Novel man

James Bond - William Cook on how Ian Fleming's 007 books are finally catching up with the films

When Ian Fleming died, 40 years ago this summer, only one of his James Bond stories had reached the big screen. Today the films have eclipsed his novels, and Bond has become a cinematic icon rather than a literary one. However, the books, not the movies, are where Fleming's real Bond resides, and this month Penguin has unveiled classy new editions of his 007 oeuvre. It's a timely accolade for a critically neglected author whose fiction reads as a metaphor for Britain's decorous decline and fall.

When Ian Lancaster Fleming was born, in 1908, the British empire seemed unassailable, and Fleming's background - Eton and Sandhurst, followed by stints at Reuters and the Foreign Office - reinforced the sense that Britain was God's kingdom, the world's greatest superpower, and its moral compass. During the Second World War, Fleming hobnobbed with admirals as deputy to the director of Naval Intelligence. "One should only call two men Sir," quipped Fleming. "God and the King."

However, after the war, Britain suffered a crisis of confidence, and so did Fleming. A desk job at the Sunday Times was fairly glamorous by normal standards, but his standards were hardly those of normal men. Even his distinguished wartime service couldn't temper this discreet mid-life crisis, which mimicked the post-imperial menopause of his beloved Britain. "He was the man behind the desk who sent younger men off to kill and be killed," wrote John Pearson in The Life of Ian Fleming, his fine biography, published in 1966 and recently republished by Aurum. "This troubled him and left him with the secret fear that, unlike those brave young men and his own heroic father, he lacked physical courage and the killer instinct."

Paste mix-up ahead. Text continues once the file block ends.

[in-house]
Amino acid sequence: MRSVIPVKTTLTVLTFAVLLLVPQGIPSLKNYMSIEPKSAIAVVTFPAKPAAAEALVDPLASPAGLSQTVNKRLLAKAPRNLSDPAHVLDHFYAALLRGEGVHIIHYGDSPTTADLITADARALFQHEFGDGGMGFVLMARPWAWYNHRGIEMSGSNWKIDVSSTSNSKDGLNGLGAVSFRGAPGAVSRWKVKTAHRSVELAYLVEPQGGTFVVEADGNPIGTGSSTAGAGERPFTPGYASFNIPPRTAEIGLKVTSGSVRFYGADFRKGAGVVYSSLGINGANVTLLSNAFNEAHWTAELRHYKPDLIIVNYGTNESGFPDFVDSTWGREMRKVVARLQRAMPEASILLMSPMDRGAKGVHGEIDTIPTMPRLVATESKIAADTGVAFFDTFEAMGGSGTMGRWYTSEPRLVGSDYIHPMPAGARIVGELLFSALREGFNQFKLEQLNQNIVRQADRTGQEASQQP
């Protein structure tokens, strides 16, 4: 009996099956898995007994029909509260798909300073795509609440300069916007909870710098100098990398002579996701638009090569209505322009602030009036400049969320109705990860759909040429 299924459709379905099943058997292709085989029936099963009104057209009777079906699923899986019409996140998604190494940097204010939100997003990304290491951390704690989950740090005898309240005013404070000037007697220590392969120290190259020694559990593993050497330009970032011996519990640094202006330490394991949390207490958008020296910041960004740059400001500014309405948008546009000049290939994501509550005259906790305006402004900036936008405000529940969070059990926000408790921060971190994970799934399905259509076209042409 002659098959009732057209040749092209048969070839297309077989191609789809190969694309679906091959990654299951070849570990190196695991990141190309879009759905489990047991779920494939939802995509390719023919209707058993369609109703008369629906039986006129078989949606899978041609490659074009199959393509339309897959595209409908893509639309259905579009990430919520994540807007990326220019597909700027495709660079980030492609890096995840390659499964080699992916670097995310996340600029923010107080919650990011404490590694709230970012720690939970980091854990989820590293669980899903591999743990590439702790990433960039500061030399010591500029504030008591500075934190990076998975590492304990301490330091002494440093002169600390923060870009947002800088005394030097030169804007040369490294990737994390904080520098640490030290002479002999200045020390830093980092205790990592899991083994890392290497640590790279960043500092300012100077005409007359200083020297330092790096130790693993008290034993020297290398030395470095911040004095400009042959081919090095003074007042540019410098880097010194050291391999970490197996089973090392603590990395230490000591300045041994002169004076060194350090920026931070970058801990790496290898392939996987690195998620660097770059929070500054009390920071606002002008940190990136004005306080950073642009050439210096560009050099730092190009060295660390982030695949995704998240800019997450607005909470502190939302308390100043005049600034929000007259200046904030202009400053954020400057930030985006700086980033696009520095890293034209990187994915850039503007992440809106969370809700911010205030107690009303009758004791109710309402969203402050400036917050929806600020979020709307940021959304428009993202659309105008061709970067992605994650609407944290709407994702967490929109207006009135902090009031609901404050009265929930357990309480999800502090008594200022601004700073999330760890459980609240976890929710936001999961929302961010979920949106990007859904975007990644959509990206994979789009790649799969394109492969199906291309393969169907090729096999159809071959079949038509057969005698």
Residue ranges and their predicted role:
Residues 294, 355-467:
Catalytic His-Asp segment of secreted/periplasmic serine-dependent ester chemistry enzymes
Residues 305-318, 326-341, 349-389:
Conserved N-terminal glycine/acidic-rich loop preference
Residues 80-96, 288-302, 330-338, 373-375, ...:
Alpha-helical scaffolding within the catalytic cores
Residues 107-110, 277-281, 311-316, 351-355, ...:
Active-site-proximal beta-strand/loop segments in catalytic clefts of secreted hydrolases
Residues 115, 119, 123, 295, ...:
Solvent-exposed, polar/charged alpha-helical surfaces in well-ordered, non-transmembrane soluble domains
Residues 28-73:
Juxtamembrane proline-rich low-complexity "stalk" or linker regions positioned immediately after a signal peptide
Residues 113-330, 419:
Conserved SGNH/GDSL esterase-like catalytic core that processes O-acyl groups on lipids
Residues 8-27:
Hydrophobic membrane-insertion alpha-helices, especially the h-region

Fleming had something else on his mind, too. Until his forties, he was a professional bachelor - "something more than a philanderer," as Pearson put it, "something less than a rake". Yet at the none-too-tender age of 43, he agreed to marry the love of his life, Lady Anne Rothermere (wife of the press baron), once her divorce came through. In 1952, as marriage loomed, Fleming retreated to his holiday home, Goldeneye in Jamaica, and wrote Casino Royale. Fleming wanted to dedicate his first book to his wife, but she wasn't keen. "Surely, Ian, it's not the sort of book one dedicates to anyone?" she said. Fleming's books have since sold 60 million copies. There is still no dedication on the flyleaf of Casino Royale.